At least River will be back, probably in some other recycled storyline; this one went from the DNA restoration a la "The Empty Child/The Doctor Dances" (is Amy now a perfect recreation of herself with no scars or anything?) then the Star Trek: The Next Generation finale with the anomaly working through time in several eras at once, and finally it's Eternal Sunshine of the Spotless Mind with the Doc's memories getting erased backward, except there's none of the same desperate sense of clawing to keep one great passion alive. I can't believe I'm saying this, but not only is Matt Smith is no David Tennant, he's no Jim Carrey, either. Well, I'll never be as angry as I was about "Children of Earth" because I just don't really care about Eleven.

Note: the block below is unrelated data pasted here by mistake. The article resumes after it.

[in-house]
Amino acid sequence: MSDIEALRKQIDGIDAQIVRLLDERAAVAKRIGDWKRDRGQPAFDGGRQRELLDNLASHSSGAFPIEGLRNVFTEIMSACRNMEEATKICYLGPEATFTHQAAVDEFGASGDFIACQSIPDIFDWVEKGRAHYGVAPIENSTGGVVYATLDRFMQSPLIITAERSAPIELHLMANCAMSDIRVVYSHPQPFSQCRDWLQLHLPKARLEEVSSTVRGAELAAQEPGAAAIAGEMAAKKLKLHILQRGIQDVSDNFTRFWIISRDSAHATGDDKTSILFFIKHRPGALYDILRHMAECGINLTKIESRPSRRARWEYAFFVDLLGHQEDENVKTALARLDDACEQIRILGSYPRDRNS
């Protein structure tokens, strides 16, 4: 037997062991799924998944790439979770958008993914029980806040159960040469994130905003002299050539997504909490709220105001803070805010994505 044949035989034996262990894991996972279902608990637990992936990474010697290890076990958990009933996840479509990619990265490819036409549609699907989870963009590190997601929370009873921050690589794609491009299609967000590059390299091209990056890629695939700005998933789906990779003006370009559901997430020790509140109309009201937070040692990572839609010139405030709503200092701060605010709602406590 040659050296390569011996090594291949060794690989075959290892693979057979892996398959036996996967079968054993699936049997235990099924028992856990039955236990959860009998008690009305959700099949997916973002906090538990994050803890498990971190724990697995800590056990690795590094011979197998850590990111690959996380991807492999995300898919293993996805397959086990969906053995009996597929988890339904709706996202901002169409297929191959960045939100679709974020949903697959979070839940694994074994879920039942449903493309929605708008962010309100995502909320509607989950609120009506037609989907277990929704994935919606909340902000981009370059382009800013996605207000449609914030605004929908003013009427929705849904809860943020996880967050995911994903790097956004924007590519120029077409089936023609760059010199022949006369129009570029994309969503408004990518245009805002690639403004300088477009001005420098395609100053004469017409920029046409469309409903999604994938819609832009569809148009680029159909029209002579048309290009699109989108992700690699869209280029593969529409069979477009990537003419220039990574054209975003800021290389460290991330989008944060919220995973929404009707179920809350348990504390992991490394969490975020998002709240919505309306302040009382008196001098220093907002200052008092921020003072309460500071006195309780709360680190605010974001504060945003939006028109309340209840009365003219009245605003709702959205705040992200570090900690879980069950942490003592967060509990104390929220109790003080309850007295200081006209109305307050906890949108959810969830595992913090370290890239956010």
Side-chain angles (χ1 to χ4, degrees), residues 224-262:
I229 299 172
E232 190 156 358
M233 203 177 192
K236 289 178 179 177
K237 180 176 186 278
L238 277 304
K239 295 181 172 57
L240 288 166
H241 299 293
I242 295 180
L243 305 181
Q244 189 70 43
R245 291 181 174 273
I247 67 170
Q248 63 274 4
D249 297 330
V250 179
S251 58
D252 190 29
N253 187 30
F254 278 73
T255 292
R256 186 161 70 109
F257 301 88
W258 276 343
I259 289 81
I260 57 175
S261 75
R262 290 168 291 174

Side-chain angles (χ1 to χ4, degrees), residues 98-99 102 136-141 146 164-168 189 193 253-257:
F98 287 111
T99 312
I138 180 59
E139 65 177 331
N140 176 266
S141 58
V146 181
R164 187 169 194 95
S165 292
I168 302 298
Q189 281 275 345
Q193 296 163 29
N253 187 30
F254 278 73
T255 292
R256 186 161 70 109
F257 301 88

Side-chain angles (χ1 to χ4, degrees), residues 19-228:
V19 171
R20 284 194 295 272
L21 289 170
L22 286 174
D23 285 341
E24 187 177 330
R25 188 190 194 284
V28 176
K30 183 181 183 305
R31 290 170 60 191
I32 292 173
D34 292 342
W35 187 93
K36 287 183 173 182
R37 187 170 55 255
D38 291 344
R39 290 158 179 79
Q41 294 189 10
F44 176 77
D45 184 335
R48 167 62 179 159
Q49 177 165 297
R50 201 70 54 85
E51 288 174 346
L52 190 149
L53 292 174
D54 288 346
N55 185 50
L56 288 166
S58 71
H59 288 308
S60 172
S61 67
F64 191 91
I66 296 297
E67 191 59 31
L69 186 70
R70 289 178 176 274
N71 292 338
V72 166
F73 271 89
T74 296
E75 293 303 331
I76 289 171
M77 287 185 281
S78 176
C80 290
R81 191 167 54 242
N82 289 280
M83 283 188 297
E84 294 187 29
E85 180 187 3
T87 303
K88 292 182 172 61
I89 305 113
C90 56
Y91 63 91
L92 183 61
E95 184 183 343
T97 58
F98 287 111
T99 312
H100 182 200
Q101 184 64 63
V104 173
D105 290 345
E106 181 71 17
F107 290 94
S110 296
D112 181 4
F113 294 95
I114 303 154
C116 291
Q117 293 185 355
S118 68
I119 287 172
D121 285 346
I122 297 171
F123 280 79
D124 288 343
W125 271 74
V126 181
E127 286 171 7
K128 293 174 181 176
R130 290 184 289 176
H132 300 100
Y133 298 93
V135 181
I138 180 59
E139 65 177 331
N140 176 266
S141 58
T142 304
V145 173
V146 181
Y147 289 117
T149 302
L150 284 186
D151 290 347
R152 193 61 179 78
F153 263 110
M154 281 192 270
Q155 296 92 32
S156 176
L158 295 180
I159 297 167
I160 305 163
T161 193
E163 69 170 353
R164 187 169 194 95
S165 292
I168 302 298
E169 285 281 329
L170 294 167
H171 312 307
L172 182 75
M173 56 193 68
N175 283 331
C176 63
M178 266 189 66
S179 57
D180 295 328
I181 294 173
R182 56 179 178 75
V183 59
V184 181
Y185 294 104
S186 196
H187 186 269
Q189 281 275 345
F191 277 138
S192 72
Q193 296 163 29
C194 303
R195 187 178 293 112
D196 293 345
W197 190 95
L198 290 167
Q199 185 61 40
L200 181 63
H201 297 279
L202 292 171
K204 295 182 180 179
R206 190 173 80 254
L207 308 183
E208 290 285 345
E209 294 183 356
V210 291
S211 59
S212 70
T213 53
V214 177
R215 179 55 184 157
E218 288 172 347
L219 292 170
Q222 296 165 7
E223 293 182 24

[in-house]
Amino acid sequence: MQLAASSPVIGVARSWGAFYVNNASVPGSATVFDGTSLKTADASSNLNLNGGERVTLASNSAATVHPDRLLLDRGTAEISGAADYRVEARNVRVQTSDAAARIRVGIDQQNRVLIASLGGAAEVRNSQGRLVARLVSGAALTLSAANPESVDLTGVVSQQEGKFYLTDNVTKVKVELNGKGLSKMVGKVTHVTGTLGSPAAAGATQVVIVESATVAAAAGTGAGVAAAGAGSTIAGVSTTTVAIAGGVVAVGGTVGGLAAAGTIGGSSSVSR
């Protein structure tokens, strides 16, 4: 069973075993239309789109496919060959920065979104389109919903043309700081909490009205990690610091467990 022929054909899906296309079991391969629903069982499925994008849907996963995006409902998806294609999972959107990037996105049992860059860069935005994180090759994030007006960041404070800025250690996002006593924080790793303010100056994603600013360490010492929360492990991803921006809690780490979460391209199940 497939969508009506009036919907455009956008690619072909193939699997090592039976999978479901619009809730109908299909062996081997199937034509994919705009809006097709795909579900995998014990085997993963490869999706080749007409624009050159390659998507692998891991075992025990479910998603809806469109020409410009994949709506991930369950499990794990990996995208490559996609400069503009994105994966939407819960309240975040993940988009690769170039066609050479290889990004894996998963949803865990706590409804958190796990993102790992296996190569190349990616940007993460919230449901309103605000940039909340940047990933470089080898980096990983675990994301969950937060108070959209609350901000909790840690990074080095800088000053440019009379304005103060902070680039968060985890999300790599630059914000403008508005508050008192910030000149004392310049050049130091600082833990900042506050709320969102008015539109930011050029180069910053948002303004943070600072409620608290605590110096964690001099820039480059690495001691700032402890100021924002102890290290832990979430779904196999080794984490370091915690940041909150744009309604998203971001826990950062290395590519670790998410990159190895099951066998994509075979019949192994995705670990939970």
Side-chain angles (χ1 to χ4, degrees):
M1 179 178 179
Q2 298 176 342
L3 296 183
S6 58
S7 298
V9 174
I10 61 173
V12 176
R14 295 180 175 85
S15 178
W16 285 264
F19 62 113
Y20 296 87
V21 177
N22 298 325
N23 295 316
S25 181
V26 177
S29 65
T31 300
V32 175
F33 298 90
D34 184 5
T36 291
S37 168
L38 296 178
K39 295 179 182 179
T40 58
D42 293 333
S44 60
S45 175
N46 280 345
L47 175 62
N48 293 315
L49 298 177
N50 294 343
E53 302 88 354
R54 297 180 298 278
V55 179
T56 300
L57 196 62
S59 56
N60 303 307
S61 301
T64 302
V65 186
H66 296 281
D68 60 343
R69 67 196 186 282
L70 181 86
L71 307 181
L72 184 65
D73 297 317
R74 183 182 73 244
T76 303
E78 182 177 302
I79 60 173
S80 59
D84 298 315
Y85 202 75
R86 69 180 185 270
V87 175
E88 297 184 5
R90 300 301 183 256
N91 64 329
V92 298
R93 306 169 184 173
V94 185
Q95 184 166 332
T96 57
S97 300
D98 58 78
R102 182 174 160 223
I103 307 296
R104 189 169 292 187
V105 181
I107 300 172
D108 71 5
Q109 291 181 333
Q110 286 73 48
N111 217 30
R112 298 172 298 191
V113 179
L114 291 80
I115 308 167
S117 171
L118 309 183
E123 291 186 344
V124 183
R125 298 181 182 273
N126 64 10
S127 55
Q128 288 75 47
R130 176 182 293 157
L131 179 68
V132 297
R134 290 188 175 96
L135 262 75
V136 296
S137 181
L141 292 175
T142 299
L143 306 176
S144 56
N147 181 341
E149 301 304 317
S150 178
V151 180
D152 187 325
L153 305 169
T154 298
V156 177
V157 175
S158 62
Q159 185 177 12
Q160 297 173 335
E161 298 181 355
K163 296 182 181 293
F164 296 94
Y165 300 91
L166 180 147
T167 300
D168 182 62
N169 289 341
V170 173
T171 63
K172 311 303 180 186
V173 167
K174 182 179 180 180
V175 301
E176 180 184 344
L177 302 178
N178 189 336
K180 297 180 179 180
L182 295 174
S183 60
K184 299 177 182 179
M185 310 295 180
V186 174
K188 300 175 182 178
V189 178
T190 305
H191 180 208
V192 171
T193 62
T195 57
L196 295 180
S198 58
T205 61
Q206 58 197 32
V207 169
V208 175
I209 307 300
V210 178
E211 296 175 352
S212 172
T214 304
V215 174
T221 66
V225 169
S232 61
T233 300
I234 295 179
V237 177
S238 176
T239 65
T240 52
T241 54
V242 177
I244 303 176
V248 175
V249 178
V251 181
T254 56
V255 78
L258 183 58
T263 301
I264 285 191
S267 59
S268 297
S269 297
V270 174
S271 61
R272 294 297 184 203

Anyway, after laundry and lunch we went out for some more of Montgomery County's Heritage Days, beginning with getting lost on the way to an observatory, then heading for Art of Fire because we all love glassblowing. It was very, very hot in the studio, but we got to watch a martini glass created from molten silica, always an amazing process. Afterward we went to Butler's Orchard thinking we might pick blueberries, but as soon as we got out of the car, we dropped that idea and went to the air conditioned farm market for our fruit instead.

The inside of a glass vase for sale at Art of Fire.

We watched a martini glass being produced from a blob of molten glass on a rod... this finished product which was then removed from the rod and put in the annealing oven.